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8 things that will happen next for the AHCA

Evan Vucci / AP

So now it's the Senate's turn. It's not going to look like the sputtering, start-and-stop process in the House (if they're lucky), and Senate Republicans are likely to be more careful on the policies in replacing the Affordable Care Act. But they'll have to mediate the same tensions between conservatives and moderates as the House did, and it could take them weeks to put their version together.

What we know about what comes next, via Caitlin Owens:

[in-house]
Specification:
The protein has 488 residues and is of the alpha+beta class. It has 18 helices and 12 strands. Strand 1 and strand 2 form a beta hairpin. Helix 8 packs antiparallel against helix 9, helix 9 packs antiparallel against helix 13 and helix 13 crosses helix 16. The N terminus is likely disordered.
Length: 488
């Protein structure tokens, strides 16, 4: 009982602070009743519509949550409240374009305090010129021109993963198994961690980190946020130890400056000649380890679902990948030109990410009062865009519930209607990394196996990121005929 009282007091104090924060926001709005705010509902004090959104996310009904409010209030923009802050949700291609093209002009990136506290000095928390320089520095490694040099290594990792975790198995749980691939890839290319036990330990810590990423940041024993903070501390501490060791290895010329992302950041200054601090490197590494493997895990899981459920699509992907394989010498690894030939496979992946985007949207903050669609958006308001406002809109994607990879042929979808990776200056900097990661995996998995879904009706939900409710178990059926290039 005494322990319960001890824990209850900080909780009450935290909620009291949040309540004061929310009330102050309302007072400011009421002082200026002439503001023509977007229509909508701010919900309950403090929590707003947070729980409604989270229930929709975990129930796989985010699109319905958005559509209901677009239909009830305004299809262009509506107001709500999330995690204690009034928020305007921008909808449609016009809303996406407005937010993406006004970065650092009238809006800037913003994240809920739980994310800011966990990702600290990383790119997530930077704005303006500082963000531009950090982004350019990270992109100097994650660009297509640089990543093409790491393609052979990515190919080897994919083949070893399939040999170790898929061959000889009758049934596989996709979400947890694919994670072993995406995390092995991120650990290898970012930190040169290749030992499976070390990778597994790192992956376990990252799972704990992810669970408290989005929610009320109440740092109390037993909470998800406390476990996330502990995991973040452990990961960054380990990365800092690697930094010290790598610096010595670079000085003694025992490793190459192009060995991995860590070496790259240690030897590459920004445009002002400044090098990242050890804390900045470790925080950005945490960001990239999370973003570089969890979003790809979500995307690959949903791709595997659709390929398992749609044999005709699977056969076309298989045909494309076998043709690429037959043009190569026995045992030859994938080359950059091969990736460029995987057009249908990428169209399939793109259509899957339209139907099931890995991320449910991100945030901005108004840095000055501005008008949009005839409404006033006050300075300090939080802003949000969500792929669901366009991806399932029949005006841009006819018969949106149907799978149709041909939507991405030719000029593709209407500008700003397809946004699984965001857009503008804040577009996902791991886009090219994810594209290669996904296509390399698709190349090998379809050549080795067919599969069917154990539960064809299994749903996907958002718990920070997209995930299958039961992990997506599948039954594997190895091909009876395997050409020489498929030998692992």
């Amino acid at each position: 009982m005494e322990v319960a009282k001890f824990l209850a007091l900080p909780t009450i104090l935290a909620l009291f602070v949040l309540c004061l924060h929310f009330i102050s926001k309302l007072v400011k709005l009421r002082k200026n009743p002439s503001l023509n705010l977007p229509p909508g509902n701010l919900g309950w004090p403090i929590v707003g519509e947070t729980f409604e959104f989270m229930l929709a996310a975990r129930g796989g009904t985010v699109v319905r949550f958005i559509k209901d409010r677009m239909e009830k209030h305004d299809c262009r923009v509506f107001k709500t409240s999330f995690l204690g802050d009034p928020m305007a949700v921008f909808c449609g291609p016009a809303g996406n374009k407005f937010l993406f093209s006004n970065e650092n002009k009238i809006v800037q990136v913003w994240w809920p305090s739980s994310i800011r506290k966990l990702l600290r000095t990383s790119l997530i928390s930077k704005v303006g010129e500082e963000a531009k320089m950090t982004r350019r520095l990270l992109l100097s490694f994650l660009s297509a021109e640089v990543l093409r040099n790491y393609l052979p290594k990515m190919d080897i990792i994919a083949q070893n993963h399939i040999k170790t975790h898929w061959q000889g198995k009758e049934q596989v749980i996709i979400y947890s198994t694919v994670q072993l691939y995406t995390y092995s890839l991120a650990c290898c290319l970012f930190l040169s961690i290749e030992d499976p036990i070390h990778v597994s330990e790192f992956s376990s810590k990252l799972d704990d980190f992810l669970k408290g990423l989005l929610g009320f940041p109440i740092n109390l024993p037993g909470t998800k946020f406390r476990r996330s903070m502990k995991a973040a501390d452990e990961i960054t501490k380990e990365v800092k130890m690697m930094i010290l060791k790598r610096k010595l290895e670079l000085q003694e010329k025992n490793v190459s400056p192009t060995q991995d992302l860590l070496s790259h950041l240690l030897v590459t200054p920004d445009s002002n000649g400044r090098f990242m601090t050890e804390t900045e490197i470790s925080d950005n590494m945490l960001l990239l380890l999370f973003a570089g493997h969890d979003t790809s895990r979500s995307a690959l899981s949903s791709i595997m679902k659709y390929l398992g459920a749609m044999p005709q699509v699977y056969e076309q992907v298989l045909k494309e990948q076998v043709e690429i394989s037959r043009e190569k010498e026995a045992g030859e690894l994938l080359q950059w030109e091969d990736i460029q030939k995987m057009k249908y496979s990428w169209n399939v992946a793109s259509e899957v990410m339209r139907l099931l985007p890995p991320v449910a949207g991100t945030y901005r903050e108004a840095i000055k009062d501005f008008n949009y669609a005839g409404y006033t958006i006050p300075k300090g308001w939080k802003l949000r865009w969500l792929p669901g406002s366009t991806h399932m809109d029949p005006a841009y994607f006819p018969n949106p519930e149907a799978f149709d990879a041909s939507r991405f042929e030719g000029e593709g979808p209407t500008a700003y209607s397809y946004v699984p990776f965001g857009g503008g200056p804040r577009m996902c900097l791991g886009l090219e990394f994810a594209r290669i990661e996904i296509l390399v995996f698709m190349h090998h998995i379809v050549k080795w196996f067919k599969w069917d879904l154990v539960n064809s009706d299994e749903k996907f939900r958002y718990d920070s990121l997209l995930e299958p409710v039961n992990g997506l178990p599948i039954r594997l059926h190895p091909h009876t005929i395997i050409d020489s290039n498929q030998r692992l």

Majority Leader Mitch McConnell has assembled a working group of GOP members representing different factions of the caucus to discuss how to move forward. They met shortly before the House vote on Thursday, the second meeting the group has had.The bill is unlikely to go through committee, although the committee chairmen will still have an important role in the process.There will be a Congressional Budget Office score before senators take a vote. This is necessary to make sure the bill complies with Senate rules.As far as timing, it'll take "several weeks," one senior aide said. A second told Caitlin that "the Senate isn't going to put a deadline on handling repeal and replace. Getting it right will set the date, and once the Senate Republican conference is ready to go, then it will move."HELP Committee chairman Lamar Alexander says he'll have four priorities: help people who won't have any insurance options next year, lower premiums, give states more flexibility on Medicaid without "pulling the rug out from under people," and protecting people with pre-existing conditions.Alexander on how the process will work: "We'll be informed by what the House did, and I'm sure if they worked the issues out, we'll borrow their ideas wherever we can. But we'll write a Senate bill, it'll get a [CBO] score so we'll know what the cost is, and then we'll vote."Finance Committee chairman Orrin Hatch: "We must manage expectations and remain focused on the art of the doable."Sen. Rob Portman: "I continue to have concerns that this bill does not do enough to protect Medicaid's expansion population."

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